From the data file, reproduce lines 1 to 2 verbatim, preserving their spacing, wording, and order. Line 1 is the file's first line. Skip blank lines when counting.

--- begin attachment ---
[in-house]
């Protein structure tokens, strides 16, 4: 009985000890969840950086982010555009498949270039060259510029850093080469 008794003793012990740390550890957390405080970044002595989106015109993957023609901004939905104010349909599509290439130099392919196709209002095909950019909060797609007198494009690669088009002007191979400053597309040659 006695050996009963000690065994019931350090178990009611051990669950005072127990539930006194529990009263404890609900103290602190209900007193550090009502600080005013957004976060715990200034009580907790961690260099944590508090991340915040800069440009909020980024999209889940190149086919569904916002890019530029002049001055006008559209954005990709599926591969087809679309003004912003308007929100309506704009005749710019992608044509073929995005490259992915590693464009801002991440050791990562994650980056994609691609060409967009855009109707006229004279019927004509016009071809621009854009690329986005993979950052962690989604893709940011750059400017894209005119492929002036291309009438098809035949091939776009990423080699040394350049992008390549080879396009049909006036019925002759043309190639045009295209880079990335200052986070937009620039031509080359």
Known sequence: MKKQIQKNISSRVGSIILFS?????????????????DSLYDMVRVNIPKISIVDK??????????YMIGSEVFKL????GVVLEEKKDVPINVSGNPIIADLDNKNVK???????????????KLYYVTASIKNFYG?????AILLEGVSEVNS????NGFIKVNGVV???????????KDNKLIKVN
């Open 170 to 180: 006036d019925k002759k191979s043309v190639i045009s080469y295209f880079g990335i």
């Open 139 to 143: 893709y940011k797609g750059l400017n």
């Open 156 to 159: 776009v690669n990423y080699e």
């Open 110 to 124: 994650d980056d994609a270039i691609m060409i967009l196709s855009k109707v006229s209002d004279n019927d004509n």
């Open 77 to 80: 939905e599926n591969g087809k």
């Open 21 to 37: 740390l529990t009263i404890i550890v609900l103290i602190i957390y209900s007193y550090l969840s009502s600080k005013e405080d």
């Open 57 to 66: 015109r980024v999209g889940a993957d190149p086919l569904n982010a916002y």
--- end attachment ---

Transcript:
[in-house]
């Protein structure tokens, strides 16, 4: 009985000890969840950086982010555009498949270039060259510029850093080469 008794003793012990740390550890957390405080970044002595989106015109993957023609901004939905104010349909599509290439130099392919196709209002095909950019909060797609007198494009690669088009002007191979400053597309040659 006695050996009963000690065994019931350090178990009611051990669950005072127990539930006194529990009263404890609900103290602190209900007193550090009502600080005013957004976060715990200034009580907790961690260099944590508090991340915040800069440009909020980024999209889940190149086919569904916002890019530029002049001055006008559209954005990709599926591969087809679309003004912003308007929100309506704009005749710019992608044509073929995005490259992915590693464009801002991440050791990562994650980056994609691609060409967009855009109707006229004279019927004509016009071809621009854009690329986005993979950052962690989604893709940011750059400017894209005119492929002036291309009438098809035949091939776009990423080699040394350049992008390549080879396009049909006036019925002759043309190639045009295209880079990335200052986070937009620039031509080359």